According to an article just released in The New York Times, Obama went on record in defense of the health care law. He says it is “working fine.” But is it really? There have been reams of provisions, revisions, and even revisions to revisions as well as regulations and IRS explanations. Proponents would say that this is a good thing. It’s all in an effort to help folks in the transition phase. Opponents like Senate Finance Committee Chairman Max Baucus, in defense of small business owners, told Health and Human Services Secretary Kathleen Sebelius, a few days ago:
I just see a huge train wreck coming down…Small businesses have no idea what to do, what to expect.
In a televised address to the White House Press Corps on Tuesday, Obama defended his plan:
What we’re doing is we’re setting up a pool so that they can all pool together and get a better deal from insurance companies. And those who can’t afford it, we’re going to provide them with some subsidies…despite all the hue and cry and ‘sky is falling’ predictions about this stuff — if you’ve already got health insurance, then that part of Obamacare that affects you, it’s pretty much already in place. And that’s about 85 percent of the country.
The truth is even President Obama has no idea how the chips will fall when the ACA is fully enacted. Will this be the President’s legacy or his black mark? If you listen to certain physicians and small business owners, they will tell you that it’s already a disaster. However, proponents and Obama himself will defend the plan explaining that the aim of this reform was focused on children, the under-insured and people with pre-existing conditions. And it’s tough to argue against reform when you put it that way? Who is going to tell the woman with cancer in Michigan who has been laid off and has no more COBRA that the elimination of insurance denials based on pre-existing conditions or caps is a bad thing? But it’s still complicated. Because truth-be-told, it’s just as life altering for the small business owner in Ohio with several children and a business that just squeaks by. How does he now hire more personnel to deal with having to cover his full-time employees, avoid tax penalties and complete accurate and deadline-driven tax reporting without going under?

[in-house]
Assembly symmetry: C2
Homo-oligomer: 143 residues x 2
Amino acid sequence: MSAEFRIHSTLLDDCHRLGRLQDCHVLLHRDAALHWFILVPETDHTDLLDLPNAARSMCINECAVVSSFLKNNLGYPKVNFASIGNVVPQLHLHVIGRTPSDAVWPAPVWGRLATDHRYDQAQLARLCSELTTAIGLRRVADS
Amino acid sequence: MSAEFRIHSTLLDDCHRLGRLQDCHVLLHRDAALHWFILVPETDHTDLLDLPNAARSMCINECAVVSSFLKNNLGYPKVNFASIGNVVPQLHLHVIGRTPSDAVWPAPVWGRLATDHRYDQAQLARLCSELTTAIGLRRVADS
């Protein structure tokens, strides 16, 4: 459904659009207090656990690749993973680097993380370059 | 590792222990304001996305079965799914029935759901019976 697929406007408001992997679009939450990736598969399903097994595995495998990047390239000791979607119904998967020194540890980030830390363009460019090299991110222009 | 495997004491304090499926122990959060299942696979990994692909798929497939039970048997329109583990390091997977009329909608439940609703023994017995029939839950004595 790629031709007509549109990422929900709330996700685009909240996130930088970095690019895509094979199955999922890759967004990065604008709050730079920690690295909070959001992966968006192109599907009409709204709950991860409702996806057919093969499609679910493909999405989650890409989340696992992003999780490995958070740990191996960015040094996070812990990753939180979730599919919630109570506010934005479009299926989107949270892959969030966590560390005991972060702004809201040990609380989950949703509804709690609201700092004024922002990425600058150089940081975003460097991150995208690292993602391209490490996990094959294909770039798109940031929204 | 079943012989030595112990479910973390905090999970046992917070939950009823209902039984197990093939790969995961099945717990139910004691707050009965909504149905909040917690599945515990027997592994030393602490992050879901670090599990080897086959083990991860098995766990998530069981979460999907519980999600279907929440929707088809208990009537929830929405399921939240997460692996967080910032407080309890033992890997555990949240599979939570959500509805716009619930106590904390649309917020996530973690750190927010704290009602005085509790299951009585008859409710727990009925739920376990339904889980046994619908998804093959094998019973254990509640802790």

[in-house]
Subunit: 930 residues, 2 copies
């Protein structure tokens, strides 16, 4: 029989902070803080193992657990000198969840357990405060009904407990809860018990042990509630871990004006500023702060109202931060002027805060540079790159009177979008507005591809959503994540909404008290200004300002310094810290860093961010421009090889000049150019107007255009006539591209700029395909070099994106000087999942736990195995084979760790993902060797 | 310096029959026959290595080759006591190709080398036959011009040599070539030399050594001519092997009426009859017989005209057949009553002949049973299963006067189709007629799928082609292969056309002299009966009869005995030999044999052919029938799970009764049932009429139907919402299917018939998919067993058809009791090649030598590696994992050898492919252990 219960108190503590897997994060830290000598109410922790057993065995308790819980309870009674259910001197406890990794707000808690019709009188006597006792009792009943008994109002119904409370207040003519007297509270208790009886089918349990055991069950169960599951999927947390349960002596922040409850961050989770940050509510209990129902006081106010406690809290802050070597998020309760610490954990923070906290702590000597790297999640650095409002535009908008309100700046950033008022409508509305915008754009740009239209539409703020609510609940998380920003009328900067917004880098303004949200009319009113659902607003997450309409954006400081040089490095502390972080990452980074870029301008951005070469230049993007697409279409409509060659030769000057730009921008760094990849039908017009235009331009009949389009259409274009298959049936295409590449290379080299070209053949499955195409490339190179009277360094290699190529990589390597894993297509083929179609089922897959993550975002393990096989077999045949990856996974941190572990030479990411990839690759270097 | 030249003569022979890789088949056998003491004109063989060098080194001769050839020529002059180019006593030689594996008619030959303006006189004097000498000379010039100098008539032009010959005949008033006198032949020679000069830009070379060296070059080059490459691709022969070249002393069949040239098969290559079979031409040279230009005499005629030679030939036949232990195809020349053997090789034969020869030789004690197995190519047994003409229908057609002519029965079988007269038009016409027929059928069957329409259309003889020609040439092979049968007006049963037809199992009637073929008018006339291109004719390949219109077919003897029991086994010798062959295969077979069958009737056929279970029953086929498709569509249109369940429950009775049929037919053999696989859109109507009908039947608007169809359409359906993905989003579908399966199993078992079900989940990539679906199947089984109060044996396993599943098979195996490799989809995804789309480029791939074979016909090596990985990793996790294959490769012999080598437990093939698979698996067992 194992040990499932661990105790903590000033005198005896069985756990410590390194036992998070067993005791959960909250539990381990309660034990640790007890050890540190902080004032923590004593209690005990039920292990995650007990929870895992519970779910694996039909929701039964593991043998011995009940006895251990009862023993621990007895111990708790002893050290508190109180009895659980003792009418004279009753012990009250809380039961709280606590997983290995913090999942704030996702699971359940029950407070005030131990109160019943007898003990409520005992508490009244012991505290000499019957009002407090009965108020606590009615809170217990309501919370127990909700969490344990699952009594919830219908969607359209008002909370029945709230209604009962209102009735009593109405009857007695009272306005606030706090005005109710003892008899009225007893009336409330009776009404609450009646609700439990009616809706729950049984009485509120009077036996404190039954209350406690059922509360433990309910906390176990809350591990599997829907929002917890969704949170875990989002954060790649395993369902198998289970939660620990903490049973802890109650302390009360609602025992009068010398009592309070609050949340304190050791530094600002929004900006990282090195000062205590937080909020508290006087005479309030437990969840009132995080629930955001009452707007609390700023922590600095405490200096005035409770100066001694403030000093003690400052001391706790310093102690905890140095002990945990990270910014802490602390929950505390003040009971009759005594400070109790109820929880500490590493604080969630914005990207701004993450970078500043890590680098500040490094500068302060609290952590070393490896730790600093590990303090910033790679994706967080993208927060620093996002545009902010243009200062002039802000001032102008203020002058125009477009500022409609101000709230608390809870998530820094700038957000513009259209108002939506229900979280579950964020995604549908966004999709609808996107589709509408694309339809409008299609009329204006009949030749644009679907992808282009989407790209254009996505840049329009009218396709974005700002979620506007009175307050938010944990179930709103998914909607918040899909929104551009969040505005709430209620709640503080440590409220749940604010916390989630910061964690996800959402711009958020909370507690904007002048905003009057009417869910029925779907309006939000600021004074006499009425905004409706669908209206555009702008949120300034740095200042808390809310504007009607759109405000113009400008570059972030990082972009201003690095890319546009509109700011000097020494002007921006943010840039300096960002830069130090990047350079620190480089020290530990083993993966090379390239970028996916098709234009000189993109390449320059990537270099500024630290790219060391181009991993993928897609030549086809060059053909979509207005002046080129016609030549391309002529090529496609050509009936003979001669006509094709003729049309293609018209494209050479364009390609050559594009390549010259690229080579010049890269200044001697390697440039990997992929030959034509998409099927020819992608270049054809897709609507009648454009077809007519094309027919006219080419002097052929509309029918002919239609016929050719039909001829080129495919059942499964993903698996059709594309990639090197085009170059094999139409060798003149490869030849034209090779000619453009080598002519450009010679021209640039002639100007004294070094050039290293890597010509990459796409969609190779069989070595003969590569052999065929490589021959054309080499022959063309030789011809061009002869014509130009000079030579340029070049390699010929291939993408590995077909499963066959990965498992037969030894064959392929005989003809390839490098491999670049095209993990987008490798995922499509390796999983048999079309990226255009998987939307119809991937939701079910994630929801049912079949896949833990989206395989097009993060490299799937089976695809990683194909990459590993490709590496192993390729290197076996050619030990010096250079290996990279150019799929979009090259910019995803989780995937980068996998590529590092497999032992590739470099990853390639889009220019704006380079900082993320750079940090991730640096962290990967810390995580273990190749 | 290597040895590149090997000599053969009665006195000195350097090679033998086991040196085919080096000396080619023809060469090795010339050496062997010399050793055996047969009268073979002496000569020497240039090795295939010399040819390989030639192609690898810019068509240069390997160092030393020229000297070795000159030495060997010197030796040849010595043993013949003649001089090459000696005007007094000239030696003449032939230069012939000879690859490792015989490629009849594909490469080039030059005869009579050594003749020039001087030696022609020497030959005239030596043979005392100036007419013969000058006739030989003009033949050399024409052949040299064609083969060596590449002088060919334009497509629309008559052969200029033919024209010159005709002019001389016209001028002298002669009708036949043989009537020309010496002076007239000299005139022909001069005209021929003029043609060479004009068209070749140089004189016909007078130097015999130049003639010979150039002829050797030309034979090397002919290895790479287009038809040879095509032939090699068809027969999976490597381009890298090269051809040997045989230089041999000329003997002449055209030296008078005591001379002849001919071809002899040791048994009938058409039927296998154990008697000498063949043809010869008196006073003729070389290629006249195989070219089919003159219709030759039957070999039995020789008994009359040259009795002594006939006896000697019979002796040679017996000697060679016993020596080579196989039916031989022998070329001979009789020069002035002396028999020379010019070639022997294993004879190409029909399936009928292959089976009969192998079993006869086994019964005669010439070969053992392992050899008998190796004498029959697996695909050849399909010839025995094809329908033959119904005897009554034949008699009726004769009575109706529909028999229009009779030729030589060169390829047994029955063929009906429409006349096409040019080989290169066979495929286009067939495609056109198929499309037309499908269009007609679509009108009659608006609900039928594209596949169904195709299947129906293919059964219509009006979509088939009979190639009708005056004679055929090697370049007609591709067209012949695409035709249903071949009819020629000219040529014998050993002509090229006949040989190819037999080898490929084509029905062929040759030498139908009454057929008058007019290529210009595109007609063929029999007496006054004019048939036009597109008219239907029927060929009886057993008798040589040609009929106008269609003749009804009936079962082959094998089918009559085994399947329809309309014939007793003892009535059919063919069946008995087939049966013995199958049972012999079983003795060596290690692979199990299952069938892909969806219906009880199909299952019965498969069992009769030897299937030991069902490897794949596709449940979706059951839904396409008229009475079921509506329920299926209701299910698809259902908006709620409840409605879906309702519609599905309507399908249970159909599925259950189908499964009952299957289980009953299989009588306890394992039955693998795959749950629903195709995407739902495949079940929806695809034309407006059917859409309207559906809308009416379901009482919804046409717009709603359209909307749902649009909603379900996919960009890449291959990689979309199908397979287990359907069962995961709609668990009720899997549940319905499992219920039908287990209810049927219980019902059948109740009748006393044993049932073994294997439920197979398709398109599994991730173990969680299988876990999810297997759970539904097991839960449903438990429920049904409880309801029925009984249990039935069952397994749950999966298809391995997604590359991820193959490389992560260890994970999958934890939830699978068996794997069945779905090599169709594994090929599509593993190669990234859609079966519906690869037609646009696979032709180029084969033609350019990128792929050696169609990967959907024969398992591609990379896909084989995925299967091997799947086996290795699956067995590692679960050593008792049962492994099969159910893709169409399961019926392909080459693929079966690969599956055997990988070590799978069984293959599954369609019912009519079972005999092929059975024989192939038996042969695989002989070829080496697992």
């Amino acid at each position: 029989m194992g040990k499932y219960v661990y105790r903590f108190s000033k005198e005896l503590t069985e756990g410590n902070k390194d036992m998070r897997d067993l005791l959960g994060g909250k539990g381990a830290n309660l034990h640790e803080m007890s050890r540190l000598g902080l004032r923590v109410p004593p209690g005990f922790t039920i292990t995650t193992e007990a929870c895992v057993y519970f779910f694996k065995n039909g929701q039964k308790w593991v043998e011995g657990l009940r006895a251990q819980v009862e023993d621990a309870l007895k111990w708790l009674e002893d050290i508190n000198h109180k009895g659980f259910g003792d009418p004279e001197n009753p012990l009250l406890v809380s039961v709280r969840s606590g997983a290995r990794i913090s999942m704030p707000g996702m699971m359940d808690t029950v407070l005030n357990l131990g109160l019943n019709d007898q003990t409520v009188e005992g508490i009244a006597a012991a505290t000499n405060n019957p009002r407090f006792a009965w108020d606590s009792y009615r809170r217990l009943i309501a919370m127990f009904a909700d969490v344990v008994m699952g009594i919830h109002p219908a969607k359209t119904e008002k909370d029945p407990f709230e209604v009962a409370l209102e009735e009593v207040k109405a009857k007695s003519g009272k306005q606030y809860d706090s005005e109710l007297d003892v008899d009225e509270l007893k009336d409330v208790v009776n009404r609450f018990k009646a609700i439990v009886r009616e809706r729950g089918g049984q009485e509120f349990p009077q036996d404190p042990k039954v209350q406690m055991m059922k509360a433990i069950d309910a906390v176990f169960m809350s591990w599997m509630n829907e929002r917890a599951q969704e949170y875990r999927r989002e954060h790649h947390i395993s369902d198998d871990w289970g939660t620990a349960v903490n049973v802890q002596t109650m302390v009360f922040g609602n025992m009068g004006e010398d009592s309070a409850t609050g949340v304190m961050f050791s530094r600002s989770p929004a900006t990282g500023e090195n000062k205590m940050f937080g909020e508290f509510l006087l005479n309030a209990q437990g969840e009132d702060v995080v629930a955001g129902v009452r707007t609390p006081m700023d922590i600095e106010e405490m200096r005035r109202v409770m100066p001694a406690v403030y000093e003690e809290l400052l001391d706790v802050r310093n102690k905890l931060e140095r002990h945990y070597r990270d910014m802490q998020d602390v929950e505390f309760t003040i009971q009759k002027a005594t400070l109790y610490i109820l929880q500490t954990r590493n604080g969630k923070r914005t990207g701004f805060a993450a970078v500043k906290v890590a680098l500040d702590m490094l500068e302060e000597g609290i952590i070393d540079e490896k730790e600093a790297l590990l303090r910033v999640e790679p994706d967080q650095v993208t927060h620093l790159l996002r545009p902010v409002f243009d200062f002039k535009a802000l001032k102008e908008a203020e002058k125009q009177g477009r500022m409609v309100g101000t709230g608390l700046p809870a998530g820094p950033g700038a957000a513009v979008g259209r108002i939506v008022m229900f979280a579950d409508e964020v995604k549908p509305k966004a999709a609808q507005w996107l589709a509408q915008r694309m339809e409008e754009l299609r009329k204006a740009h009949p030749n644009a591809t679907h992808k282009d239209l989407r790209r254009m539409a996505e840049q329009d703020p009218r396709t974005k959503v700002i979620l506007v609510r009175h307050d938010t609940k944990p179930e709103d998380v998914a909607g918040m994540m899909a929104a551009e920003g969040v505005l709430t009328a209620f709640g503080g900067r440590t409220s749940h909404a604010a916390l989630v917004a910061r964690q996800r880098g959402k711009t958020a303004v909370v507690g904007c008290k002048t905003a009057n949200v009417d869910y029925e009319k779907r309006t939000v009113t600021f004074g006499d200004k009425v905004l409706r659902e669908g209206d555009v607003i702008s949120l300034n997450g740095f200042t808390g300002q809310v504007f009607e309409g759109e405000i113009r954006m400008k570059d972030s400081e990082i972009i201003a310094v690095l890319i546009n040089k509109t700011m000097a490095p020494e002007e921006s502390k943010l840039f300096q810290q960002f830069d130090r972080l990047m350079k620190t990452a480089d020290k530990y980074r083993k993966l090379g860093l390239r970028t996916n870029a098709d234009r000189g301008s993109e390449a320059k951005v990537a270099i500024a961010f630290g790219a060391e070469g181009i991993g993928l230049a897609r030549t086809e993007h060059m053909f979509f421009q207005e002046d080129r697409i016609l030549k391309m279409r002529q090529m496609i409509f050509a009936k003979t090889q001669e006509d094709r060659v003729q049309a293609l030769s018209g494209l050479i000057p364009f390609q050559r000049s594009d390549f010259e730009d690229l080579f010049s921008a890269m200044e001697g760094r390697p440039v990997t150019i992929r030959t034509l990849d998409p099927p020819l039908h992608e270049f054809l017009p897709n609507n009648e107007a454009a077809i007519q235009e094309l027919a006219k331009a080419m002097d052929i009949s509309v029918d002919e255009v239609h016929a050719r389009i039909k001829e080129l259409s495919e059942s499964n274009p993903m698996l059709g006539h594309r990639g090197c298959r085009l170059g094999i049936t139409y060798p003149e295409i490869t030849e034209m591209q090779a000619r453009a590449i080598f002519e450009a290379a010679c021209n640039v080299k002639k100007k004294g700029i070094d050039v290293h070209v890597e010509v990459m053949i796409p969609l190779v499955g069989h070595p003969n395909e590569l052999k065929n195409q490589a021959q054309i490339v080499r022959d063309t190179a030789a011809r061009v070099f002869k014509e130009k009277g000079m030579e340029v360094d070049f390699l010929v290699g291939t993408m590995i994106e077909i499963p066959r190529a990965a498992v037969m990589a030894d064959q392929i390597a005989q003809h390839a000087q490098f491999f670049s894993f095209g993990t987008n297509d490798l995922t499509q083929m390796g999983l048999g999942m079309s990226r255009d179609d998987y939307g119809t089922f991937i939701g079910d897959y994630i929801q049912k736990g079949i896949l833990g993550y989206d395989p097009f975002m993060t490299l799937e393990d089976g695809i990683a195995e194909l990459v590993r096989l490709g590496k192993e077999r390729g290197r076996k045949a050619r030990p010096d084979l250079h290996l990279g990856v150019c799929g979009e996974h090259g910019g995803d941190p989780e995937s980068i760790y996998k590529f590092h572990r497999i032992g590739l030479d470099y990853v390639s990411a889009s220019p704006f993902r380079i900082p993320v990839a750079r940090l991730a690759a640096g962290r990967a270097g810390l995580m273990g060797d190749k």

The President has to defend his decision and again it may have been brilliant—none of us knows yet. But when one makes the biggest change in domestic policy since the 1940s, one cannot really eat crow at least not in public and certainly at least not for another four years. Hopefully he’ll be toasting his legacy with champagne in a poignant reflection on his accomplishments. Let’s hope. We can still do that collectively, no reform or revisions there…at least not yet.